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AbstractBrain connectome analysis suffers from the high dimensionality of connectivity data, often forcing a reduced representation of the brain at a lower spatial resolution or parcellation. This is particularly true for graph-based representations, which are increasingly used to characterize connectivity gradients, capturing patterns of systematic spatial variation in the functional connectivity structure. However, maintaining a high spatial resolution is crucial for enabling fine-grained topographical analysis and preserving subtle individual differences that might otherwise be lost. Here we introduce a computationally efficient approach to establish spatially fine-grained connectivity gradients. At its core, it leverages a set of landmarks to approximate the underlying connectivity structure at the full spatial resolution without requiring a full-scale vertex-by-vertex connectivity matrix. We show that this approach reduces computational time and memory usage while preserving informative individual features and demonstrate its application in improving brain-behavior predictions. Overall, its efficiency can remove computational barriers and enable the widespread application of connectivity gradients to capture spatial signatures of the connectome. Importantly, maintaining a spatially fine-grained resolution facilitates to characterize the spatial transitions inherent in the core concept of gradients of brain organization.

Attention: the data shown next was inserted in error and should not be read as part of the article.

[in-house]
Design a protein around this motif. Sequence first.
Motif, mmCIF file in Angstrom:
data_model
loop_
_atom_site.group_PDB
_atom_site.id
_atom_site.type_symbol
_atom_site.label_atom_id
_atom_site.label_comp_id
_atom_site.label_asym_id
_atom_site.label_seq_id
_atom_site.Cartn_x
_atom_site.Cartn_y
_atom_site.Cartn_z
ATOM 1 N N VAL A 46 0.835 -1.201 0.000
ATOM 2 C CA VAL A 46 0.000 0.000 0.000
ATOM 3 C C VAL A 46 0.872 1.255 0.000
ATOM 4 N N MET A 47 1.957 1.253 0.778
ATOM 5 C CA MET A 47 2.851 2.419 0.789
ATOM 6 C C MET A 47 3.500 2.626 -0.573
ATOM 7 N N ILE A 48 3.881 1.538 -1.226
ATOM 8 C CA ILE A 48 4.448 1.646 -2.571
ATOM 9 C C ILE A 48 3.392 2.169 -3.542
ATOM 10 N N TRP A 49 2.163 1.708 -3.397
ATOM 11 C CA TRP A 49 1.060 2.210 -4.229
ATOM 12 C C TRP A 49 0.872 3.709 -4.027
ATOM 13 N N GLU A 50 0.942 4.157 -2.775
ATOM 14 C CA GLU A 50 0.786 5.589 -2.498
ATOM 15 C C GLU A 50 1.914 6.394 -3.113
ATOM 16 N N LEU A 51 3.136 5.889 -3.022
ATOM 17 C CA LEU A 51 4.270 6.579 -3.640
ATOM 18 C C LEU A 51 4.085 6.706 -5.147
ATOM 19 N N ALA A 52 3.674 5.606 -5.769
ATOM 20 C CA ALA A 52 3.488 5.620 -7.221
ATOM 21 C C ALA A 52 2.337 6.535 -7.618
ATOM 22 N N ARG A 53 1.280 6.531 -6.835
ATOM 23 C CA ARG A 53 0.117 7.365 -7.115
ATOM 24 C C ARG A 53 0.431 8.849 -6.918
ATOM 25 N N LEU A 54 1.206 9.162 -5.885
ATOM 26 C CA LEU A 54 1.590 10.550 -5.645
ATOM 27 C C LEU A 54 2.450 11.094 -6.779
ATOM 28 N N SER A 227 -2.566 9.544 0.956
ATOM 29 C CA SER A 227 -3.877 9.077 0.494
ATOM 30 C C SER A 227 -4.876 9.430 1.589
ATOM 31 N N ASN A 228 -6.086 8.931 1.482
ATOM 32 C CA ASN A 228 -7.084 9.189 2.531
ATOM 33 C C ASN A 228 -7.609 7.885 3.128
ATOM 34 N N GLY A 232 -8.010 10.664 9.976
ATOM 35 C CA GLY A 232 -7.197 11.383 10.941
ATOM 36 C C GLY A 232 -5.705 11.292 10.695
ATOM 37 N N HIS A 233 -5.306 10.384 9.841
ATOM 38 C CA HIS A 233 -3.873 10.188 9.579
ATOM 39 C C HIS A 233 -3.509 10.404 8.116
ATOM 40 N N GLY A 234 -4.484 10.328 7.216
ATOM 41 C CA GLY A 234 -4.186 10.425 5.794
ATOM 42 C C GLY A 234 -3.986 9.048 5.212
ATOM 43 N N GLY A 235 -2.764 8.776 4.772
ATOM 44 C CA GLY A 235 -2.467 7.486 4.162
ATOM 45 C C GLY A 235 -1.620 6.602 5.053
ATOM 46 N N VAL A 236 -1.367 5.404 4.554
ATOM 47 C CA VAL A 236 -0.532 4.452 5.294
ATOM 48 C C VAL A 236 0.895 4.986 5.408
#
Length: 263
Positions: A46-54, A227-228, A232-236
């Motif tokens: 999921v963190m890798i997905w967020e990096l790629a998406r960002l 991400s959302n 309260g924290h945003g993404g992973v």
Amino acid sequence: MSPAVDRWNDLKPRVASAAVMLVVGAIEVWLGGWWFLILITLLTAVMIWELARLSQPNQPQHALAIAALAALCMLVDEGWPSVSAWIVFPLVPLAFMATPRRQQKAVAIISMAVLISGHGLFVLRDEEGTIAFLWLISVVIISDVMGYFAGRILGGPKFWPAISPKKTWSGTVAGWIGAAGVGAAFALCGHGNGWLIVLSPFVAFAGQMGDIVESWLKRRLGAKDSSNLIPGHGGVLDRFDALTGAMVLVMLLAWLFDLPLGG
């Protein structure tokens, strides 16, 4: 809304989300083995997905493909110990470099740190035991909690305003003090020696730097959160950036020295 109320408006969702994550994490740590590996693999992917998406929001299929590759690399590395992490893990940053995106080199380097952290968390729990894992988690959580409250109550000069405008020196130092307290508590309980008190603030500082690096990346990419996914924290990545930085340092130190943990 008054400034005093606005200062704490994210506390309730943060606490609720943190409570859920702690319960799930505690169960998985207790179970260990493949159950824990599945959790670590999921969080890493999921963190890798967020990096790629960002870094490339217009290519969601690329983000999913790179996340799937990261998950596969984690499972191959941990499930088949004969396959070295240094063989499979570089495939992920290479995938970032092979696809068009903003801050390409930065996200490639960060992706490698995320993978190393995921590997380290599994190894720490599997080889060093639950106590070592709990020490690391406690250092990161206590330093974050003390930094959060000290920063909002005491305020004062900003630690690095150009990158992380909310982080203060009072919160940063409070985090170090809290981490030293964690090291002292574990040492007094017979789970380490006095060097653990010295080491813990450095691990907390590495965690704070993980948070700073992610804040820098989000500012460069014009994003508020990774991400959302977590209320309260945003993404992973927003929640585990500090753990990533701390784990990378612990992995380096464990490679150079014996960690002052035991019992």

Original publication




Journal article


Communications Biology


Springer Science and Business Media LLC

Publication Date